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Business Applications Guidance

Appendix B: voice and IP telephony


Summary

Overview

Voice and IP telephony services play a crucial part in the day to day operational services for NHS organisations. During the past decade there has been continuous growth for services based on Internet Protocol IP telephony (IPT) services. 

This is partly due to the ever evolving technology and solutions which offer greater versatility than that of the traditional public switched telephone network (PSTN) based services. Voice and IPT are more commonly deployed as part of a converged network solution which allows for easier day to day management and better flexibility to expand services as and when required.

Most IPT solutions offer basic facilities such as:

  • call waiting
  • call forwarding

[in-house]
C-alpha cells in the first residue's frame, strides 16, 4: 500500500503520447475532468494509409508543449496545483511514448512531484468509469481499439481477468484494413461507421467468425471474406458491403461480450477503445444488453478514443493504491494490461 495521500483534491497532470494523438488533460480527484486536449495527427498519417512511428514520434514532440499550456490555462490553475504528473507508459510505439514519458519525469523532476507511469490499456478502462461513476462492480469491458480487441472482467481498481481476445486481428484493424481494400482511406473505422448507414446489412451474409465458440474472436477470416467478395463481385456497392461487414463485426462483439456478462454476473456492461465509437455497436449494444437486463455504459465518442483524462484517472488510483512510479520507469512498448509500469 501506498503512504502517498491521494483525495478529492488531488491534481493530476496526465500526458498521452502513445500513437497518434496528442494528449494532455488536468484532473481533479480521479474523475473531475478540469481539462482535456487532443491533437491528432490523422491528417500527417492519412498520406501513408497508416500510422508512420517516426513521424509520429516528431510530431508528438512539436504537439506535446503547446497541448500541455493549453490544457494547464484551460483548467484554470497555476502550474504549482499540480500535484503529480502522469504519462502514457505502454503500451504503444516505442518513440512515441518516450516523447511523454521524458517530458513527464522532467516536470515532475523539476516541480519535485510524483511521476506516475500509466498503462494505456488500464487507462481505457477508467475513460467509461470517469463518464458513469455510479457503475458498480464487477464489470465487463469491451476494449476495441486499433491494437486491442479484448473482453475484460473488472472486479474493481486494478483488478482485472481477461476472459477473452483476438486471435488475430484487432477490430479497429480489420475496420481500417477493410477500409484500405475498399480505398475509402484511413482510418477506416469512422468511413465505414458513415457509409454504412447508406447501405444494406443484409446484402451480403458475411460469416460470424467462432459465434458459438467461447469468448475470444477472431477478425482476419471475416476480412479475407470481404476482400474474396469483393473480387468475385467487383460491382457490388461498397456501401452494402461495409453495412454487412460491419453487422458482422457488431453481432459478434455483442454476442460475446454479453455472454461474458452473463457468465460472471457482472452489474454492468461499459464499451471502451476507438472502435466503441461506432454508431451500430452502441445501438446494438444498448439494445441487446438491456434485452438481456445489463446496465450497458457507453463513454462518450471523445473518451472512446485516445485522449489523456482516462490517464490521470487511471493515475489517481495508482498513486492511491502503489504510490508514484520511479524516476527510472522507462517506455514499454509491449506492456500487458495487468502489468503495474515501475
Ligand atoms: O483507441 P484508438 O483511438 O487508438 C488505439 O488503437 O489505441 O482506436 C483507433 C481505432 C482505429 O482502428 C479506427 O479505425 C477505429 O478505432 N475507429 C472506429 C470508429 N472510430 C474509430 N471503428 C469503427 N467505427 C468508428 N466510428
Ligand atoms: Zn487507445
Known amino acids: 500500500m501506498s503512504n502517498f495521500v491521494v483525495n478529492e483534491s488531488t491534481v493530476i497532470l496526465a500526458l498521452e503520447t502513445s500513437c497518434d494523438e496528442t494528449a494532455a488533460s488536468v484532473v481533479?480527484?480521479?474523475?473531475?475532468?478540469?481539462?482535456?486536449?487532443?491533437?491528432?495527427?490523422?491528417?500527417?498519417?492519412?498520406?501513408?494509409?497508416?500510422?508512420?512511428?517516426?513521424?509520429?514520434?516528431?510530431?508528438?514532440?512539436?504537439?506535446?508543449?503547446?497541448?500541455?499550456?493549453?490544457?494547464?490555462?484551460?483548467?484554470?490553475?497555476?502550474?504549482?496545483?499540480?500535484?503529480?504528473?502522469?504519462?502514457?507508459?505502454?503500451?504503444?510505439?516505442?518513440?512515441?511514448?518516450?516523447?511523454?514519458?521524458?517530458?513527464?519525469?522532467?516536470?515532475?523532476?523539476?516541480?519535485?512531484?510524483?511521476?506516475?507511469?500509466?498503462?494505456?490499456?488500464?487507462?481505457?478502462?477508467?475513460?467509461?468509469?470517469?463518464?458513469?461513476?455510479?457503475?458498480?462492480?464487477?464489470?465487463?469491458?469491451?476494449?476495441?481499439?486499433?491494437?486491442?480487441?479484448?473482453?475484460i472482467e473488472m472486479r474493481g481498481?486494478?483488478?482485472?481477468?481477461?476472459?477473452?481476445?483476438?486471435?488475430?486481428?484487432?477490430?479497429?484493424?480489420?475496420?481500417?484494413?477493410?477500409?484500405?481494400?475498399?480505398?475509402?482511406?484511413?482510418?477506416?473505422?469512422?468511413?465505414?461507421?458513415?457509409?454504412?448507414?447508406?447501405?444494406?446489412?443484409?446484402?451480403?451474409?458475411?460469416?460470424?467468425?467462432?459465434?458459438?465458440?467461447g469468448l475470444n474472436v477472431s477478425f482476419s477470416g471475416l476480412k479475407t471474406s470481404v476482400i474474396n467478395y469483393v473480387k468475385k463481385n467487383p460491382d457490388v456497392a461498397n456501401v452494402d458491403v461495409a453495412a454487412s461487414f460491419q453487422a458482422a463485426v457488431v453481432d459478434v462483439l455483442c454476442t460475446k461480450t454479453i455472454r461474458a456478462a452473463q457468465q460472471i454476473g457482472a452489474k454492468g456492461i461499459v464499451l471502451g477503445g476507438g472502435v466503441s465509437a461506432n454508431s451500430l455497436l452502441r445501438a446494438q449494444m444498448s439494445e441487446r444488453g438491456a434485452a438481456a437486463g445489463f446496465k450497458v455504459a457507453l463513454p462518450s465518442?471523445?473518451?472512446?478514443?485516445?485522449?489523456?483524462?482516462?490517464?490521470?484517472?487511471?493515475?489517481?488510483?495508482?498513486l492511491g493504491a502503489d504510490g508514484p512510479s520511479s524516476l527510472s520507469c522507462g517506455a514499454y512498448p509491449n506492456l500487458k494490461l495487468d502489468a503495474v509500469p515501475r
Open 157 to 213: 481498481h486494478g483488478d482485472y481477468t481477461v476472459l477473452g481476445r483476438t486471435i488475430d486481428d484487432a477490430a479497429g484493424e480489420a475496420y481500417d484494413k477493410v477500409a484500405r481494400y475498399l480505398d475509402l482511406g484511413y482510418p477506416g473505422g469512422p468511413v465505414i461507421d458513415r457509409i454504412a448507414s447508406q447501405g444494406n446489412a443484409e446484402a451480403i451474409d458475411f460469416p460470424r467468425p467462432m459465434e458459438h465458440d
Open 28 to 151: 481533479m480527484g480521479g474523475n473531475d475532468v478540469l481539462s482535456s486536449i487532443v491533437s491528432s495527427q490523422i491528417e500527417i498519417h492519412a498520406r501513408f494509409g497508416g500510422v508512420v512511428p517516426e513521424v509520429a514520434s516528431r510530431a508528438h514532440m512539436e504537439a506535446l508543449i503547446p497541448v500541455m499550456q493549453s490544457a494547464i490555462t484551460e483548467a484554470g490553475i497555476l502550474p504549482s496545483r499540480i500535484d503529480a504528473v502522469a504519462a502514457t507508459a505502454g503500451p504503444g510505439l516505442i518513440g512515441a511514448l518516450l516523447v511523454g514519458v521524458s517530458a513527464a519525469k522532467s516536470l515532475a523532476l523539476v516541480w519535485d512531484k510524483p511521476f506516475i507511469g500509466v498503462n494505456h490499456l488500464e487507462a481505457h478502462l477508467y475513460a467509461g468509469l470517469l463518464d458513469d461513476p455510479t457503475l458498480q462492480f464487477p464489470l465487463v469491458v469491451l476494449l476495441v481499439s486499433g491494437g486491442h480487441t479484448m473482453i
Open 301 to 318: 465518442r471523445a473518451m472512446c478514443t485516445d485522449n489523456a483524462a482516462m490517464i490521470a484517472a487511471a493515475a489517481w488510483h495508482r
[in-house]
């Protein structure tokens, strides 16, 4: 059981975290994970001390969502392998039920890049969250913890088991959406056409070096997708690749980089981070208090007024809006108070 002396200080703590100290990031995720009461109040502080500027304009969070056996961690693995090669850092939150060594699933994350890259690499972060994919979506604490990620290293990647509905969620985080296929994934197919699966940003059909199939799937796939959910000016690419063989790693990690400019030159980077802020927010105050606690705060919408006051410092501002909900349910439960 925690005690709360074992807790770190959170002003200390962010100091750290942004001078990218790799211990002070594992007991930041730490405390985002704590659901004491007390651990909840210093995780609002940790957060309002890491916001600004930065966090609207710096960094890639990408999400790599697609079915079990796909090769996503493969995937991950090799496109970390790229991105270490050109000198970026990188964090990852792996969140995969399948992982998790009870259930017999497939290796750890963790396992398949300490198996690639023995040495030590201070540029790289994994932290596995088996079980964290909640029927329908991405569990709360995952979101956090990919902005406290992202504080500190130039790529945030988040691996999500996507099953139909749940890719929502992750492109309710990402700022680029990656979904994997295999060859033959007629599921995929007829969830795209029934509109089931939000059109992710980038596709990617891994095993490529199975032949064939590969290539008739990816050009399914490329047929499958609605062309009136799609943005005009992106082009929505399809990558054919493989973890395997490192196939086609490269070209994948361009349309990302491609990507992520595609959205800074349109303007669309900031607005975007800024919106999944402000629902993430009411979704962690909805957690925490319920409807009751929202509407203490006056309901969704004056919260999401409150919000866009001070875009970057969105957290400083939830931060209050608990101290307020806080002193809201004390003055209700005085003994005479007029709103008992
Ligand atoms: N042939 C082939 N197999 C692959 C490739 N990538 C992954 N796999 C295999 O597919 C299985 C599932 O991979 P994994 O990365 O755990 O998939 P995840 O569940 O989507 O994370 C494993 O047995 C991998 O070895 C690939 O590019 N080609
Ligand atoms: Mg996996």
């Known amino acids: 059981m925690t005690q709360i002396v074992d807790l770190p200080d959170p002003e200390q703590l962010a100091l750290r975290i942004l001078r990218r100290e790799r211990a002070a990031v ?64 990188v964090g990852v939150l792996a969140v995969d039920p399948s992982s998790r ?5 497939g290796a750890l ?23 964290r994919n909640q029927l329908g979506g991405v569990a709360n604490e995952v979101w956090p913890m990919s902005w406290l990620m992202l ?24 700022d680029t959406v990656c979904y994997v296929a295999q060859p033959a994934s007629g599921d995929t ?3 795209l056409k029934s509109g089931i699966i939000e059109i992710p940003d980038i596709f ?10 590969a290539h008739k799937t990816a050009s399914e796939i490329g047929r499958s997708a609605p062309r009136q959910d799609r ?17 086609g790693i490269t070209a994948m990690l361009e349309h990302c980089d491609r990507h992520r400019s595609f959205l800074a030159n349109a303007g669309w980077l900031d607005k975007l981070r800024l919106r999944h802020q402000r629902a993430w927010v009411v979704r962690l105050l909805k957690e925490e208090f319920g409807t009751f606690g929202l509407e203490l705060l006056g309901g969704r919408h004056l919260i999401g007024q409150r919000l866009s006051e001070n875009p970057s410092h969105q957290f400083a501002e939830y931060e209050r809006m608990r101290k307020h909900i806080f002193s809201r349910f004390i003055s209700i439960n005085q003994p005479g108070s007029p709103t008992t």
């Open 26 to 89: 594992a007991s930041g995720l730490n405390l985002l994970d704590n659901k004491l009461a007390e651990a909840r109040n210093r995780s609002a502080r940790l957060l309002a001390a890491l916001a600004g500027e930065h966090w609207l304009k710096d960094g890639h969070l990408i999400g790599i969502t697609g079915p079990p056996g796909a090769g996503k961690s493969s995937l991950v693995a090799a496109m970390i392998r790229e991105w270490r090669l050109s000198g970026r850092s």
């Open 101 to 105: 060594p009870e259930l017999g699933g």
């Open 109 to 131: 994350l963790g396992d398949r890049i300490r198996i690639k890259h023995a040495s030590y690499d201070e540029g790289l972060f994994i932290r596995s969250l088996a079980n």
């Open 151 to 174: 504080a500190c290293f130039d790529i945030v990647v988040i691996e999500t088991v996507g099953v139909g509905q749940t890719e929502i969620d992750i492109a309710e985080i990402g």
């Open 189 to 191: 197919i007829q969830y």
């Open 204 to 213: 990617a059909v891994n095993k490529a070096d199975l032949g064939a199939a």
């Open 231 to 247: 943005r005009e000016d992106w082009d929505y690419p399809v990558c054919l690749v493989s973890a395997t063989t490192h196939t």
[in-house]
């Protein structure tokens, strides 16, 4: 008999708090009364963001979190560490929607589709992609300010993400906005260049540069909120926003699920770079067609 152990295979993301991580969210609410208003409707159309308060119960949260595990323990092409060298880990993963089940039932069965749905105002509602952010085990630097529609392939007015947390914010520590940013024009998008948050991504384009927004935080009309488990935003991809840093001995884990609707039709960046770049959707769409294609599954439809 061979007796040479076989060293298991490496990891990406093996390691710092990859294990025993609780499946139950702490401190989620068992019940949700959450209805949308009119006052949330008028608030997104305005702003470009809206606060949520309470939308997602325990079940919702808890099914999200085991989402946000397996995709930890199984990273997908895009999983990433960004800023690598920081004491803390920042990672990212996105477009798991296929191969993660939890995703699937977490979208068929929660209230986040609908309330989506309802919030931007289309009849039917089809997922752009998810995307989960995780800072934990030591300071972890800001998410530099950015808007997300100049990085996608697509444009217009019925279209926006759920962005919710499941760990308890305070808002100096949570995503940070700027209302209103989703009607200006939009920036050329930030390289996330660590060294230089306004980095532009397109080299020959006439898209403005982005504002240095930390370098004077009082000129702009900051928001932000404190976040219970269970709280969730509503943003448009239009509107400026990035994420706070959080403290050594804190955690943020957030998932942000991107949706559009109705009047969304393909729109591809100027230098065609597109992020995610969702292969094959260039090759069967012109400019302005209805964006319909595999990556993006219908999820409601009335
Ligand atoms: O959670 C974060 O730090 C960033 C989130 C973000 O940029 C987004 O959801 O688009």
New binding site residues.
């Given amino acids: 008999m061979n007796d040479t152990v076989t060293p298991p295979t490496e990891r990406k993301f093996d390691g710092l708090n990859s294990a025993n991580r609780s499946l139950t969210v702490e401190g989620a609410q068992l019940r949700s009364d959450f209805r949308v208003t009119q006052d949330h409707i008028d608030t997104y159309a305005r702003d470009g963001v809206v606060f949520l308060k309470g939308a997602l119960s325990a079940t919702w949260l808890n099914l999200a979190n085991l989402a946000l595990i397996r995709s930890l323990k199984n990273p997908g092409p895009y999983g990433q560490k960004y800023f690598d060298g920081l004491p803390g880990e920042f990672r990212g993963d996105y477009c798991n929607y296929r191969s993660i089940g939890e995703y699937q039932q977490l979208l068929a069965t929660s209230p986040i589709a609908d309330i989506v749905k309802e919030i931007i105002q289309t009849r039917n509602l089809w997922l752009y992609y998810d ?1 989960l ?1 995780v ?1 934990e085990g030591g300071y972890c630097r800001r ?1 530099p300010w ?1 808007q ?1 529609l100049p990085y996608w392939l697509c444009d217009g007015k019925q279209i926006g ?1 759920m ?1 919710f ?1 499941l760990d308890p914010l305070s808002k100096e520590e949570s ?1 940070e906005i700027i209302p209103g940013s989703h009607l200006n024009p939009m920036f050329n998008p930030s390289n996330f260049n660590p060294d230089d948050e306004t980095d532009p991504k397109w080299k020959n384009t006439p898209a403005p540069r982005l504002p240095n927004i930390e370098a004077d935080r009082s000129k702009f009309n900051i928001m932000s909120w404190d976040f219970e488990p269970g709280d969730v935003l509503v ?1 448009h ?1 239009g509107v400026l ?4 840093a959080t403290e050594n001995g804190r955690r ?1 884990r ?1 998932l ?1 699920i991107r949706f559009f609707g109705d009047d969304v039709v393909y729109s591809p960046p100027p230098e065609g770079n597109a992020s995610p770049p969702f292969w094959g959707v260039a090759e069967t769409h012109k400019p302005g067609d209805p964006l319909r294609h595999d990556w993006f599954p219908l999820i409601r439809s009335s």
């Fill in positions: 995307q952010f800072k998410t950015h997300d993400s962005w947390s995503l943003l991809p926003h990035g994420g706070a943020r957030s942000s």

• caller ID
  • phone number porting
  • voicemail (that can allow remote access to messages and alert services)
  • video phone calls (with appropriate handsets)

Common IP voice service offerings

VoIP services come in many varieties that are tailored for service provisions for local, regional and nationwide deployments. DPNSS (Digital Private Network Signalling System) standards and services options for variations in IP Voice deployments should be defined as part of the engagement with your supplier.

Multiple lines: the internet can be used as virtual trunk lines known as SIP trunks (trunking is where access to many clients is provided by sharing a set of lines rather than providing them individually), to connect calls to other telephone users via carrier companies who set up media switches on the internet. If a site already has SIP (Session Initiation Protocol) connectivity within their current infrastructure, then this should provide an easier to deploy solution.